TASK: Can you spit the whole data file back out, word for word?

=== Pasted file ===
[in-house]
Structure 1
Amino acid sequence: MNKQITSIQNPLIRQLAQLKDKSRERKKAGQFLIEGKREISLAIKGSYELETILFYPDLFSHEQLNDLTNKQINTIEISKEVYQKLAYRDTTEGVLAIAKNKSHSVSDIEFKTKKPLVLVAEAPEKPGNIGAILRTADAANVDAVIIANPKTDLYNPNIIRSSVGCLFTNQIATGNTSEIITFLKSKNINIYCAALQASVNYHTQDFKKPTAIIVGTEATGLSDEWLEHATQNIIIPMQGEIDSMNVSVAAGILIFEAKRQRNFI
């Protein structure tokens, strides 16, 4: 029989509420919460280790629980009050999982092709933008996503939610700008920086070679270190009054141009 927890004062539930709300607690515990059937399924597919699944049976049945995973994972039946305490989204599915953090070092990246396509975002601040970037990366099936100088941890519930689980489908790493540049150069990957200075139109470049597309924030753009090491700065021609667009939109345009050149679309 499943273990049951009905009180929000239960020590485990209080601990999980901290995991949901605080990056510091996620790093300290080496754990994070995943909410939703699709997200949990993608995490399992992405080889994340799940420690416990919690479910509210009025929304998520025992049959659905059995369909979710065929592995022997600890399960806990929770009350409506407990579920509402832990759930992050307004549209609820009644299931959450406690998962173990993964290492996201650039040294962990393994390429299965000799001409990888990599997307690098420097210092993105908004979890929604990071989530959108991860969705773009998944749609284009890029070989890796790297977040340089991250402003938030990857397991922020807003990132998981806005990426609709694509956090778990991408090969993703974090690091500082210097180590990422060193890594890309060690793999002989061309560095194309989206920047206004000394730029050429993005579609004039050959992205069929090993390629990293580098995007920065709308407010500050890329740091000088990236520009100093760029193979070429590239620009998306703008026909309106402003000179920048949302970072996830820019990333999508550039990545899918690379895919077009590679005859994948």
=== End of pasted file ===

[in-house]
Structure 1
Amino acid sequence: MNKQITSIQNPLIRQLAQLKDKSRERKKAGQFLIEGKREISLAIKGSYELETILFYPDLFSHEQLNDLTNKQINTIEISKEVYQKLAYRDTTEGVLAIAKNKSHSVSDIEFKTKKPLVLVAEAPEKPGNIGAILRTADAANVDAVIIANPKTDLYNPNIIRSSVGCLFTNQIATGNTSEIITFLKSKNINIYCAALQASVNYHTQDFKKPTAIIVGTEATGLSDEWLEHATQNIIIPMQGEIDSMNVSVAAGILIFEAKRQRNFI
């Protein structure tokens, strides 16, 4: 029989509420919460280790629980009050999982092709933008996503939610700008920086070679270190009054141009 927890004062539930709300607690515990059937399924597919699944049976049945995973994972039946305490989204599915953090070092990246396509975002601040970037990366099936100088941890519930689980489908790493540049150069990957200075139109470049597309924030753009090491700065021609667009939109345009050149679309 499943273990049951009905009180929000239960020590485990209080601990999980901290995991949901605080990056510091996620790093300290080496754990994070995943909410939703699709997200949990993608995490399992992405080889994340799940420690416990919690479910509210009025929304998520025992049959659905059995369909979710065929592995022997600890399960806990929770009350409506407990579920509402832990759930992050307004549209609820009644299931959450406690998962173990993964290492996201650039040294962990393994390429299965000799001409990888990599997307690098420097210092993105908004979890929604990071989530959108991860969705773009998944749609284009890029070989890796790297977040340089991250402003938030990857397991922020807003990132998981806005990426609709694509956090778990991408090969993703974090690091500082210097180590990422060193890594890309060690793999002989061309560095194309989206920047206004000394730029050429993005579609004039050959992205069929090993390629990293580098995007920065709308407010500050890329740091000088990236520009100093760029193979070429590239620009998306703008026909309106402003000179920048949302970072996830820019990333999508550039990545899918690379895919077009590679005859994948």